In addition, solely national organizations such as the United States National Security Council are often role played, with delegates role-playing specific people (e.g. the Secretary of State or the Secretary of Defense) rather than representing countries. This may be taken one step further, having the delegate represent merely the interests of his or her office, or role-play a specific holder of the office (e.g. Hillary Clinton). Such committees are typically "crisis committees;" that is to say, they do not begin with a fixed topic but rather are forced to deal with issues as they come up. A team of conference organizers (known as a crisis staff) develops a simulated event which acts as a catalyst for a crisis. The staff continually informs the committees of changing events on the ground, to which the committee must respond; in addition, individual delegates are typically allowed to take certain actions on their own, without committee approval, subject to the interpretation and agreement of the crisis staff. However, the correspondence between single-country and crisis committees are not perfect; for instance, the UN Security Council and some NATO bodies are typically run as crisis committees, and some national cabinets are fixed-topic committees.
 
More unusual committees abound at the collegiate level; for instance, a college conference may simulate the Greco-Persian Wars via a committee of the Greek poleis, have a committee simulating the National Football League's annual owners meeting, as held at George Mason University MUN in 2009, or even have a committee simulating President David Palmer's cabinet from the TV show 24, simulated by the University of Pennsylvania Model UN Conference in 2007.
   
Many conferences also run crisis simulations in which hypothetical real world factors are included in the simulation, including representatives from various groups such as member states those topics for a crisis which can span all the committees of the conference.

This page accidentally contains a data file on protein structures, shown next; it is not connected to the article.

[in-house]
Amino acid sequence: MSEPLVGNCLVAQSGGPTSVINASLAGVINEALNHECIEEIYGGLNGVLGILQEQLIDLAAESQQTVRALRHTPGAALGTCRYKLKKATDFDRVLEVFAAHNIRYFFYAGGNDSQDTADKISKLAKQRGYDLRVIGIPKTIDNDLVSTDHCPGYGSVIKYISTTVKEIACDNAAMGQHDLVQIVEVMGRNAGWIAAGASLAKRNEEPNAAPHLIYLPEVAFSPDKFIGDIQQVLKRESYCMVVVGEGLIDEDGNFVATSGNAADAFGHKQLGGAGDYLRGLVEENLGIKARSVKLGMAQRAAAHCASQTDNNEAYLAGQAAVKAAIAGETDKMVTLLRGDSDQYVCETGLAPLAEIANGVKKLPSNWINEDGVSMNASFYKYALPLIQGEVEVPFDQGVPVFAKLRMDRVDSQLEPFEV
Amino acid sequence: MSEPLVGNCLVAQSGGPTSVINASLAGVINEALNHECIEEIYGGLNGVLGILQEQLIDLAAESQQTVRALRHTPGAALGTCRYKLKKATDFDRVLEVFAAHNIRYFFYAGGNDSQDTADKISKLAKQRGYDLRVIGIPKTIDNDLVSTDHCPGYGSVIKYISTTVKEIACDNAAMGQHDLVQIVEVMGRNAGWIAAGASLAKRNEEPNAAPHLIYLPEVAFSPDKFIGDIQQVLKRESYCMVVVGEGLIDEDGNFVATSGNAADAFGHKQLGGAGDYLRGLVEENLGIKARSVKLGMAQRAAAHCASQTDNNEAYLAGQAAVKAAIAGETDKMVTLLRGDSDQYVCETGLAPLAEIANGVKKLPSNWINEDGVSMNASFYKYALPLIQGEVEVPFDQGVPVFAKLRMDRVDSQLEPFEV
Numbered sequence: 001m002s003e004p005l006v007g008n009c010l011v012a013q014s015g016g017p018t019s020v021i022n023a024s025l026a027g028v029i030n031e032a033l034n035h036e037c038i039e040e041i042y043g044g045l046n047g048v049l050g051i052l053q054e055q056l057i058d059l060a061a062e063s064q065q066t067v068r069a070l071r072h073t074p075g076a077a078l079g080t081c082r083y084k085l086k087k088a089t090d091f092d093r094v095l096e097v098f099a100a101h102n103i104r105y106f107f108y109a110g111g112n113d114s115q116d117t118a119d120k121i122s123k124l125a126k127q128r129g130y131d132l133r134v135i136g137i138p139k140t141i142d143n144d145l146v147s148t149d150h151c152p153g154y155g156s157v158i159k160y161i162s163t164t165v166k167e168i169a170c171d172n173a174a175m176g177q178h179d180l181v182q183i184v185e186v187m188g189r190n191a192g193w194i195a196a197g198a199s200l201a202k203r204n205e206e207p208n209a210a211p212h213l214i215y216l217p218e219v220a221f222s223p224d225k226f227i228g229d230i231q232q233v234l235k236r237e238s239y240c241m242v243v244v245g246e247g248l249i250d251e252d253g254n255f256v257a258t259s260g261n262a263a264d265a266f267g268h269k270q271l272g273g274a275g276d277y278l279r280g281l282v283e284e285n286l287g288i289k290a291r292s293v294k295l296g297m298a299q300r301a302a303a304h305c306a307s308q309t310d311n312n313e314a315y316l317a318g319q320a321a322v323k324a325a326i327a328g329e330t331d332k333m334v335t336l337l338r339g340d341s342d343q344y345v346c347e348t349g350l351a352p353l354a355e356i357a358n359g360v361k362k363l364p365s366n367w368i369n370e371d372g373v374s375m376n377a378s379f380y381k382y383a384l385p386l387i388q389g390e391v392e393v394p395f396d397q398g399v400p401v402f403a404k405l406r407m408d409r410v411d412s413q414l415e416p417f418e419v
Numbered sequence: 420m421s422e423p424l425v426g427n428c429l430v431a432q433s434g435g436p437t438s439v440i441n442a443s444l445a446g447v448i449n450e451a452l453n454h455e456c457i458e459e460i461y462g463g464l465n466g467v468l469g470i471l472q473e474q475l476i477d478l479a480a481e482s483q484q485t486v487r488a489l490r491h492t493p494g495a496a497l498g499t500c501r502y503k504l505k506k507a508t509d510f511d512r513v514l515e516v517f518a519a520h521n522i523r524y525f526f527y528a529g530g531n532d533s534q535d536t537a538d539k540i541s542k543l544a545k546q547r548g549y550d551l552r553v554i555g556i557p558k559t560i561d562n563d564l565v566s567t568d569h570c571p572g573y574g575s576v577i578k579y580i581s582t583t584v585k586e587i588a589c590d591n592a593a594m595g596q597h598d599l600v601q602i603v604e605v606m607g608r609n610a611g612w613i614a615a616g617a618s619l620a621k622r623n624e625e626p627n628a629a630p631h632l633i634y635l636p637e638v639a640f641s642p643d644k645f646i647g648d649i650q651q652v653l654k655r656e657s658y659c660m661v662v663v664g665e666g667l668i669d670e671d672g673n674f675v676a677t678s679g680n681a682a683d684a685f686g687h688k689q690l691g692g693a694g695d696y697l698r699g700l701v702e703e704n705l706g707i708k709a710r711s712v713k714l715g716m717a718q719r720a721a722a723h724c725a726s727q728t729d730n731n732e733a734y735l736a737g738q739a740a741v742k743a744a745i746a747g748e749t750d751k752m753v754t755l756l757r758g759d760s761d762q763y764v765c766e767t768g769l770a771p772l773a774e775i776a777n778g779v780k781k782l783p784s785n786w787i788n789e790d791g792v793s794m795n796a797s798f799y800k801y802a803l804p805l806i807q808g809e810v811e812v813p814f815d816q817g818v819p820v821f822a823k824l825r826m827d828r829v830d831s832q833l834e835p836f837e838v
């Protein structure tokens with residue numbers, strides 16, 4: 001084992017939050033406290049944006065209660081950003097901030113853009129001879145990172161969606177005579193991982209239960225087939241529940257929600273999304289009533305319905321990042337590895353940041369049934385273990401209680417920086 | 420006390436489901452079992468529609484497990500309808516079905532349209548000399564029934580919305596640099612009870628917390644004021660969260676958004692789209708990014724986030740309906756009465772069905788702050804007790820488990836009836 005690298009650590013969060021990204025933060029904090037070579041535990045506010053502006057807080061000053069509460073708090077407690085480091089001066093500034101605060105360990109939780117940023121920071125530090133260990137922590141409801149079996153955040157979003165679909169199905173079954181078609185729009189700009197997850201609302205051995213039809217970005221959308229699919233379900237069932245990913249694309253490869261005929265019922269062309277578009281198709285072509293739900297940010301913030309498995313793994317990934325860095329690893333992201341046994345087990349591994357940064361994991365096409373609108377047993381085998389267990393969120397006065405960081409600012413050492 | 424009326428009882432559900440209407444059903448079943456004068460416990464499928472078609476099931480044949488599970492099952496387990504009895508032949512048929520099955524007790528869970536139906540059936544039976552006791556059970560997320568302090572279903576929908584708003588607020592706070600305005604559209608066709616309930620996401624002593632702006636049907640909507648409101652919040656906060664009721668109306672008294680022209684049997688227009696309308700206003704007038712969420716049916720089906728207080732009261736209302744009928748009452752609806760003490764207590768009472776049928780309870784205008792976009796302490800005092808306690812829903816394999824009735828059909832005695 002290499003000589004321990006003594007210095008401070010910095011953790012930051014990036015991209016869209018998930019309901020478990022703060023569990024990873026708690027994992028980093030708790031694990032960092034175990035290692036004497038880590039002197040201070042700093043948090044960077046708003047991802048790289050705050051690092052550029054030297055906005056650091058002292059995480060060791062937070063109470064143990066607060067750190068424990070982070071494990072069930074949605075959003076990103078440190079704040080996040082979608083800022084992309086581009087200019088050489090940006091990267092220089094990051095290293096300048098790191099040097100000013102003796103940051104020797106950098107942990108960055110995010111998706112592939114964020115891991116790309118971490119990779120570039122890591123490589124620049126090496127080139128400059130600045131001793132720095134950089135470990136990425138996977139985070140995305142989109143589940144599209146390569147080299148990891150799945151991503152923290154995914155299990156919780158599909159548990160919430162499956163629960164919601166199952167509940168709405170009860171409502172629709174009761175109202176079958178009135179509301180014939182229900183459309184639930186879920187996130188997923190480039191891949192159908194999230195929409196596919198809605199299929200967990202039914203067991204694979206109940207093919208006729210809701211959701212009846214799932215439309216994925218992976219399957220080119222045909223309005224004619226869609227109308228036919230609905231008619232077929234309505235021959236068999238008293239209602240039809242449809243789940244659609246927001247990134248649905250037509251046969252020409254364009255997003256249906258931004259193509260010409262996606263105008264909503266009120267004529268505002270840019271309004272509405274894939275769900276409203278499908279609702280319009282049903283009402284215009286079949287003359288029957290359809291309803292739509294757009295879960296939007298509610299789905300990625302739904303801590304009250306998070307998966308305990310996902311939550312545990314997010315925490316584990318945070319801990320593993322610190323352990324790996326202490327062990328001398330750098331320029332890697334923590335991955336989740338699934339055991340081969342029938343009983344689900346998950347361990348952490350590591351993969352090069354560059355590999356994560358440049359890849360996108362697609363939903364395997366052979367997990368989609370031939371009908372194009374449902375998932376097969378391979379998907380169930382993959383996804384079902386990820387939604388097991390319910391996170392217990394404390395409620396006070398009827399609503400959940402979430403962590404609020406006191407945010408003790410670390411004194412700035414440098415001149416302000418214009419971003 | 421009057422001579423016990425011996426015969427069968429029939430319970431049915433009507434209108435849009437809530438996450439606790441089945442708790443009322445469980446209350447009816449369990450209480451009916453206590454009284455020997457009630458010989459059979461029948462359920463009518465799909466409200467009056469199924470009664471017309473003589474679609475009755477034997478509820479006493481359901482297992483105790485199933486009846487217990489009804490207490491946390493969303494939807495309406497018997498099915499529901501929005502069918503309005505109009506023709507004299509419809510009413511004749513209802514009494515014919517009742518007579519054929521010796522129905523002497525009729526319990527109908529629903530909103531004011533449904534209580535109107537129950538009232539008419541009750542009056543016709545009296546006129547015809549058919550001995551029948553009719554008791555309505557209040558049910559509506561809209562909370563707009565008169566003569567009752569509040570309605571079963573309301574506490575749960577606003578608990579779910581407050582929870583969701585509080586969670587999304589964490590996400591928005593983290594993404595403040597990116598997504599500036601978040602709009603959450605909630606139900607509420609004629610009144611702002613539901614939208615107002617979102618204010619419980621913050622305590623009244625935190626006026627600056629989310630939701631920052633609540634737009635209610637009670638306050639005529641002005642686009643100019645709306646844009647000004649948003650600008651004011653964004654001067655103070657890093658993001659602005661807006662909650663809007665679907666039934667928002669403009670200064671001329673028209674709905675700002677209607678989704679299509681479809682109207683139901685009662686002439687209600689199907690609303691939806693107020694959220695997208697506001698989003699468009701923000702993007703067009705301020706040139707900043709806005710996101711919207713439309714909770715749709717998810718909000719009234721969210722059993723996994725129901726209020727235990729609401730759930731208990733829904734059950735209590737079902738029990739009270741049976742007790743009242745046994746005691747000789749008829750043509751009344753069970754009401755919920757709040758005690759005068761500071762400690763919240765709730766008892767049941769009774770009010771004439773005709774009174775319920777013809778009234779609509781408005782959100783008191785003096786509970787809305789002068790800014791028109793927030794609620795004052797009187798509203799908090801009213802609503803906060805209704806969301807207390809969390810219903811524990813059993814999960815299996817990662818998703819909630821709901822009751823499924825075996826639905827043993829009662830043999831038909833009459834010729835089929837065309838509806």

Model UNs are often run using basic parliamentary procedure. This allows all delegates to be active participants. Common activities in MUN involve giving speeches to the committee and writing resolutions concerning a given topic. Additionally, at the end of longer conferences, awards are commonly given to either individual delegates, delegations, or both. The judging of this varies. For example, American conferences on the West Coast, such as BMUN, give delegates points for every action they perform, which are added. At the end of the conference, awards are given to the highest point scorer. On the other hand, conferences on the East Coast such as the Harvard National Model United Nations, delegates are judged in a more holistic manner, but perhaps to the detriment of objectivity and transparency. Giving awards is less common at smaller conferences. In addition, many larger conferences do not give awards at all, feeling that competition detracts from the simulation experience. Model U.N Conferences are also held in countries like India, Pakistan and Bangladesh, where the scope and participation has expanded.